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Convoy Street Dining

Since July demands we be casual about everything, it’s a good time to visit Convoy Street. T-shirts and shorts always are in order on San Diego’s multilingual Asian restaurant row.


Quite unlike densely built urban Chinatowns (a historic remnant on the western edge of Gaslamp memorializes old San Diego’s Chinatown), Convoy Street’s eateries sprawl for a mile or so in strip shopping centers between Aero Drive and Clairemont Mesa Boulevard. Many centers are virtual restaurant buffets, such as 4646 Convoy, home to the distinctly Japanese Shabu Shabu House, several Korean barbecue restaurants, the very American Crab Hut, an extremely popular Chinese eatery called Tofu House (lines all the time, and everybody looks happy) and O’Brien’s, a bar celebrated for a remarkable selection of beers and great burgers and fries. A half-block up the street, 4690 Convoy boasts such notable restaurants as Sichuan Garden (also known as Spicy City) and China Max.

Shabu Shabu House exclusively serves Japanese hot-pot meals. Comfortable and welcoming, it takes the no-nonsense “Eat and get on with your life” approach typical of authentic Asian restaurants. The action starts the moment guests settle their backsides on the stools surrounding the horseshoe-shaped counter; why wait when you’re hungry? Heating elements are preset with polished steel vessels that become personal cookers, and friendly servers crank on the power to heat premeasured water, which slowly is transformed into delectable broth as ingredients boil in the pot. Everything happens fast after guests choose from the menu: vegetables as entrée, or chewy shrimpballs (interesting, but...), or pork, chicken, beef, lamb, clams, shrimp, scallops and salmon, alone or in combination.

Shabu Shabu House charges a few bucks less at lunch; most dinner selections cost $12.99 or $13.99 for a “regular” portion (it’s plenty big) and $2 more for a large serving that might overwhelm the average appetite. You won’t leave hungry. Shaved slices of prime beef rib eye star ($17 regular, $22 large), or you can spend slightly more for two- and three-item combos. The menu amusingly notes that the $26.99 “all you can eat shabu shabu” must be consumed within 1.5 hours.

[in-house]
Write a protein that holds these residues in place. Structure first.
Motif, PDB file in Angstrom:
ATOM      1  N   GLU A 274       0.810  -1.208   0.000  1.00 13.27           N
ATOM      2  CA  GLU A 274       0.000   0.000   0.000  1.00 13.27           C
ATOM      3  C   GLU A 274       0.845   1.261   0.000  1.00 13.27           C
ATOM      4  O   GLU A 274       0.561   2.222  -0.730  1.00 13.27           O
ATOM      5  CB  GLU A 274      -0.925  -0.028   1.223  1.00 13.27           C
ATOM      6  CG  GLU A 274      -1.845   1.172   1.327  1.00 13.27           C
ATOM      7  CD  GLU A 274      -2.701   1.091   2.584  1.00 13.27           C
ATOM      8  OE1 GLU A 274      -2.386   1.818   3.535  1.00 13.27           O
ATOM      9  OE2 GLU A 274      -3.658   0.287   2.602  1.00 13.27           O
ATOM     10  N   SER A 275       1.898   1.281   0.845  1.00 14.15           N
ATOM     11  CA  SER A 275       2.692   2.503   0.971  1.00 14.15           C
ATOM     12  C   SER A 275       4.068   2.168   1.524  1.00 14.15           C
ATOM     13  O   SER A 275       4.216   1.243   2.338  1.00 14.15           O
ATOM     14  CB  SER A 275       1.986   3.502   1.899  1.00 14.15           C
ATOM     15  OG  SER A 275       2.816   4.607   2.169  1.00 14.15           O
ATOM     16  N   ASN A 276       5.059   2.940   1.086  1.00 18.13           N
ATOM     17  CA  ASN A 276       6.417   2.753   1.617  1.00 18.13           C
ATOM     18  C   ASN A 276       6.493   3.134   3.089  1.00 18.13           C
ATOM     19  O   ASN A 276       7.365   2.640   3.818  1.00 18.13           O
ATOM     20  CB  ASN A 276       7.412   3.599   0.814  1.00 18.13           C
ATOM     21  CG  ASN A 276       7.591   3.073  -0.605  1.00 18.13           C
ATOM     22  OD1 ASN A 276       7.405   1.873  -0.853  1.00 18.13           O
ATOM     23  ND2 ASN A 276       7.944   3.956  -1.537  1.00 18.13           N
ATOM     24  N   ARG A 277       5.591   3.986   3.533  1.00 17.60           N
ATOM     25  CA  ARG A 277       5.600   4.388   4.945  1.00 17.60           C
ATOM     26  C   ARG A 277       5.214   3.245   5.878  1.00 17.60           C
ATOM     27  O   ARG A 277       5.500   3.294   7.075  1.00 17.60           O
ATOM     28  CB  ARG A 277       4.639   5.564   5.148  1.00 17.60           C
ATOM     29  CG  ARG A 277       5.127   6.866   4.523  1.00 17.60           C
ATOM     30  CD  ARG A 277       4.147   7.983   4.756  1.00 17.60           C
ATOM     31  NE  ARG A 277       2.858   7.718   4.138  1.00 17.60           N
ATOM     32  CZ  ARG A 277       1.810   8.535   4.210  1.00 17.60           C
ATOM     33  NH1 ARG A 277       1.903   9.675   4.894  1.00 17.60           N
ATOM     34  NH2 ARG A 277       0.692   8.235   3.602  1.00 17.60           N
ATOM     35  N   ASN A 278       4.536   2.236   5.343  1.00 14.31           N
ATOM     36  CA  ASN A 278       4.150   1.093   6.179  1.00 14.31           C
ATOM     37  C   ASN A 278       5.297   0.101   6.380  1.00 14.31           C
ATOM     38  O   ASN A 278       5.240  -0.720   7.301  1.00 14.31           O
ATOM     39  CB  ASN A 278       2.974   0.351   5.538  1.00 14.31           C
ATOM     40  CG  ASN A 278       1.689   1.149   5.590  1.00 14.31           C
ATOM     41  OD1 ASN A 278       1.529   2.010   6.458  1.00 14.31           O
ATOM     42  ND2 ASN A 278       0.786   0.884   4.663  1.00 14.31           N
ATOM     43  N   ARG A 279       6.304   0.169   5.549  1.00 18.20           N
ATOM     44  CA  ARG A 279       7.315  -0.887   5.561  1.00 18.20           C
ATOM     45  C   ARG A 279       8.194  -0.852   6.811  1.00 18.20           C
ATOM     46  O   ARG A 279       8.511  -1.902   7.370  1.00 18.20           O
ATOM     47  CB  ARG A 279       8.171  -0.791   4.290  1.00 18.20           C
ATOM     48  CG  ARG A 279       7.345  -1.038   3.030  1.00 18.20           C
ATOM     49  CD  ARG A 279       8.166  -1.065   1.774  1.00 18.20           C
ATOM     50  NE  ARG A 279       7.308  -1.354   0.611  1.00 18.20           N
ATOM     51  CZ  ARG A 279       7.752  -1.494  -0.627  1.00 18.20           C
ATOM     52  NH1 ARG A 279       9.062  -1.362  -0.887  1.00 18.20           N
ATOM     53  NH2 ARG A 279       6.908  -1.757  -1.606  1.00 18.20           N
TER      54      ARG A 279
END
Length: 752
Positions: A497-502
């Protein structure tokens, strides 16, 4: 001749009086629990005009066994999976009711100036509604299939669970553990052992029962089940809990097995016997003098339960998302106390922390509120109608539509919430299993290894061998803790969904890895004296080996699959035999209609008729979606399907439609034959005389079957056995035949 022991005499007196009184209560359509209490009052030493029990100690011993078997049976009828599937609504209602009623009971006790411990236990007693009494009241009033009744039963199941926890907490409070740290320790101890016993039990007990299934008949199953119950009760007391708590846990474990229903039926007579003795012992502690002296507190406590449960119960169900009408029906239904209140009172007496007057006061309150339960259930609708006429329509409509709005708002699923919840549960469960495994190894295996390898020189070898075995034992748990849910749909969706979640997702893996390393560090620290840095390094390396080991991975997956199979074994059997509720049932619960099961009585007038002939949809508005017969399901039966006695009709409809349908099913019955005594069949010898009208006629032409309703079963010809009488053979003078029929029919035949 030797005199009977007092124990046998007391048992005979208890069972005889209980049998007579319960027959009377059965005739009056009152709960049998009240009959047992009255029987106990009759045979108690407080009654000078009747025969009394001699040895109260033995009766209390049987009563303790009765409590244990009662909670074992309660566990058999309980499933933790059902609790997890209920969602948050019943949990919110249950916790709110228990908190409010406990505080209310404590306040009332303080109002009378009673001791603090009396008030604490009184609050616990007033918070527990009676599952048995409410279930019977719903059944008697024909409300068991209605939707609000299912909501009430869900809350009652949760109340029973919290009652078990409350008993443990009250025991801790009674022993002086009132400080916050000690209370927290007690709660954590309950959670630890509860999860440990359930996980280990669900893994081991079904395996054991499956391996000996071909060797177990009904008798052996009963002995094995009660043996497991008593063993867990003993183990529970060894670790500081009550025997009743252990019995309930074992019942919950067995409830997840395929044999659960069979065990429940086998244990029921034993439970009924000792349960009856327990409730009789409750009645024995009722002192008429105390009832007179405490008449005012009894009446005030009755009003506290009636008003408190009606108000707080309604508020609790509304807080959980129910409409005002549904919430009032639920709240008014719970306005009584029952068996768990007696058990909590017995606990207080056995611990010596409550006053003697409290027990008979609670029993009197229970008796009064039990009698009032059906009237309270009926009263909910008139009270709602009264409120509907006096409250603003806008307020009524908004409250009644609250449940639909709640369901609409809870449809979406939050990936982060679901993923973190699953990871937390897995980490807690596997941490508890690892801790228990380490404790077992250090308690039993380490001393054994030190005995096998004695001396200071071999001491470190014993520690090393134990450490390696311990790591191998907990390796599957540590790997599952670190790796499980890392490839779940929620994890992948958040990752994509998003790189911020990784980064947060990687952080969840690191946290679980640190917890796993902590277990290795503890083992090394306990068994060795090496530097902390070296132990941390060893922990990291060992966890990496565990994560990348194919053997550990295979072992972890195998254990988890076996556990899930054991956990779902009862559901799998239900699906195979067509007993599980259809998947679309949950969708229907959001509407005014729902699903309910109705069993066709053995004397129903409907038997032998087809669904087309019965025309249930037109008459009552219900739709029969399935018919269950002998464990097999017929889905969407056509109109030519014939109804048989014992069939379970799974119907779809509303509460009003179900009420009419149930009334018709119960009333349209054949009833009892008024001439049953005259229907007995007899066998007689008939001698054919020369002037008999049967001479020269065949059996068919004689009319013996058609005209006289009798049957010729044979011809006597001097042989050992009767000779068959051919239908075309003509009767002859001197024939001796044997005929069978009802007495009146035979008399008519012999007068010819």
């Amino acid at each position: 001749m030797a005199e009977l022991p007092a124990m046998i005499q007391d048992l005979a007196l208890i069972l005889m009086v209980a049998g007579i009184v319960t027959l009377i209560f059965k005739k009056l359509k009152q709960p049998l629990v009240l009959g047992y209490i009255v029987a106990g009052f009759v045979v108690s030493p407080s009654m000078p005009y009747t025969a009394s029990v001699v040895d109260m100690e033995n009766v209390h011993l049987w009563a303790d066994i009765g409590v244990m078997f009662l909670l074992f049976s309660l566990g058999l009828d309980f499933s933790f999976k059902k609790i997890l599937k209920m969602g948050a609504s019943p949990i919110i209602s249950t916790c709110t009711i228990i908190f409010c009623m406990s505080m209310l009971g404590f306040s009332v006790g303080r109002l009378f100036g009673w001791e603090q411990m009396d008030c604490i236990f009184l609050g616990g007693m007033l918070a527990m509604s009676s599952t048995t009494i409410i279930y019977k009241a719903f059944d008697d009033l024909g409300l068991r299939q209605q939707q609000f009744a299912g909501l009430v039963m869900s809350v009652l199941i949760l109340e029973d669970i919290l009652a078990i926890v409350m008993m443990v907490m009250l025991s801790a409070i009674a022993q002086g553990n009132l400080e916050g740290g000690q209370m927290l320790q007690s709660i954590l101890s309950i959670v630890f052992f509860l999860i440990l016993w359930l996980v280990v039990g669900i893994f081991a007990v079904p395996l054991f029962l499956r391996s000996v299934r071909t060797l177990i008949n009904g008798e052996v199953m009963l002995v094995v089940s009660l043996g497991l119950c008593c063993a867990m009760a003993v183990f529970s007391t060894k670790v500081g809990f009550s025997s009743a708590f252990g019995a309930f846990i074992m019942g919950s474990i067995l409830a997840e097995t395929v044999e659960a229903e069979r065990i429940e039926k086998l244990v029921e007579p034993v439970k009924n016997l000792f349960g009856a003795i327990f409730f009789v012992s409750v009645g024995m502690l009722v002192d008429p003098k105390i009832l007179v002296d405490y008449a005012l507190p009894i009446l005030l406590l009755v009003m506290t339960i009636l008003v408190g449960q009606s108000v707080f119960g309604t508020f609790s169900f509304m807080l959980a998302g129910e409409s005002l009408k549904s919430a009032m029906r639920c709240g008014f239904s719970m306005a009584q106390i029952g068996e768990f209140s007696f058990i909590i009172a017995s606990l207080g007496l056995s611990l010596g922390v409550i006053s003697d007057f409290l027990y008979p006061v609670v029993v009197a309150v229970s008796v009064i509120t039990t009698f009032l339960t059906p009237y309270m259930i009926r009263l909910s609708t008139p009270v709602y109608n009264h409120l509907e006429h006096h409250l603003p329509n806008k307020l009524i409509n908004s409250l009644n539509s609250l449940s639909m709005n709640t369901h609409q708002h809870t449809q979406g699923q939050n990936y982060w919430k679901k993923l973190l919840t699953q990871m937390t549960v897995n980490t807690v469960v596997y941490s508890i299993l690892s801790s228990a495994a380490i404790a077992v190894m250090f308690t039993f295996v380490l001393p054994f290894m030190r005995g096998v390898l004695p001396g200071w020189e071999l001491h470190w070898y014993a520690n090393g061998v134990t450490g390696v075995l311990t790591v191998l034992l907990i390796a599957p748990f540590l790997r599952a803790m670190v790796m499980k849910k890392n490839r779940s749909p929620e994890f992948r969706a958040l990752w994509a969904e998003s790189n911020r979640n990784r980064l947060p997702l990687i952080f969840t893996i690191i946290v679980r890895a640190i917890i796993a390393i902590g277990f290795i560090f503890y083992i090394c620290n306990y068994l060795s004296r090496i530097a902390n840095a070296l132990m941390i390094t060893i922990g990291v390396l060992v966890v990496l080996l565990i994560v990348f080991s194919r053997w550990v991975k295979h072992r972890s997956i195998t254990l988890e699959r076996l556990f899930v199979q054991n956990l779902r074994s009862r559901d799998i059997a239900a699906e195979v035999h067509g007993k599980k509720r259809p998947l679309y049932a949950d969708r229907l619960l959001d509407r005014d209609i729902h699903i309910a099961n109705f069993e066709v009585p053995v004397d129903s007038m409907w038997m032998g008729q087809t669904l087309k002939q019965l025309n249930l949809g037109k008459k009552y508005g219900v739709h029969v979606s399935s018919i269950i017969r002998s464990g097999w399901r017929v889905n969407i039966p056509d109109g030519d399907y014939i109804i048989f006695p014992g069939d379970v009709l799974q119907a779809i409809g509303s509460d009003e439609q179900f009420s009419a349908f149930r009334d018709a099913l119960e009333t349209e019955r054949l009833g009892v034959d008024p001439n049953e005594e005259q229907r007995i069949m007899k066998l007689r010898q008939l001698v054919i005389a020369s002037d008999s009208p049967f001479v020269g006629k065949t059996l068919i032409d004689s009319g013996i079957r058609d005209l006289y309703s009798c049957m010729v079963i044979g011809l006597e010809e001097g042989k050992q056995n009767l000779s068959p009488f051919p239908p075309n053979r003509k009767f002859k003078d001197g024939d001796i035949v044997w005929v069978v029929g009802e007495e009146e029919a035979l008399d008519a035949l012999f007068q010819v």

After the order has been placed, servers toss various flavorings in the pot while setting out dipping sauces and such accompaniments as chopped garlic and onion. For a beef shabu shabu, the server yanks a whole frozen rib eye (it’s a long column of meat) from a freezer and shaves ruby slices on an electric machine. Once the plate is in front of you, drop in a piece of beef, fish it out, dip in sauce and consume — but watch out, it’s hot. Next, chopped cabbage, delicate Japanese mushrooms and other vegetables go into the pot, to be enjoyed before the server finally adds soba noodles. By this time, you’re pretty full, but don’t quit before spooning up a bowl of rich broth.

Sichuan Garden frequently has a short wait for tables, but it’s time well spent, since this is some of the tastiest Chinese fare around. Like Shabu Shabu, the place is welcoming and comfortable, but nothing fancy. The food’s the thing, and there is plenty worth having, bearing in mind that authentic dishes like ragingly piquant Chungking-style fish with pickled chili peppers ($11.99) will overly challenge uninitiated palates.

The cooking is excellent, and pleasures include a snack of seasoned peanuts sided with shredded seaweed in sweet sauce (day’s price), to be enjoyed before a meal that might include exceptionally good kung pao shrimp ($12.99). While seasoned with dried Szechuan peppers, this is by no means too spicy, also true of the superb, crunchy (almost like potato chips) slices of Yunnan-style dried beef stir-fried with peppers and seasonings. As antidote to the saltiness of the meat, order expertly sautéed sliced baby bok choy ($6.99). These suggestions barely touch the tip of a chile-fired iceberg of possibilities.

On the front corner of the same block, China Max was chosen “Best Chinese” by this writer in the June issue of San Diego Magazine. More stylish than most Convoy Street establishments, it serves a more elegant, somewhat costlier cuisine. Designated a “seafood restaurant” — a very significant term among Chinese eatery descriptions — China Max specializes in seafood fished live from tanks but offers a vast menu of other dishes, including impressive appetizers like fried bacon-shrimp rolls ($9.99), elegant winter melon soup ($13.99 for a table-sized bowl) and the ultimate in finger food, lettuce leaf “tacos” topped with beautifully seasoned, stir-fried minced shrimp ($17.99). The quality of the cooking gives the place endless appeal.

All three serve lunch and dinner daily: Shabu Shabu House, 4646 Convoy Street, 858-268-8648; Sichuan Garden (Spicy City), 4690 Convoy Street, 858-278-1818; China Max, 4698 Convoy Street, 858-650-3333, ­chinamaxsandiego.com. 

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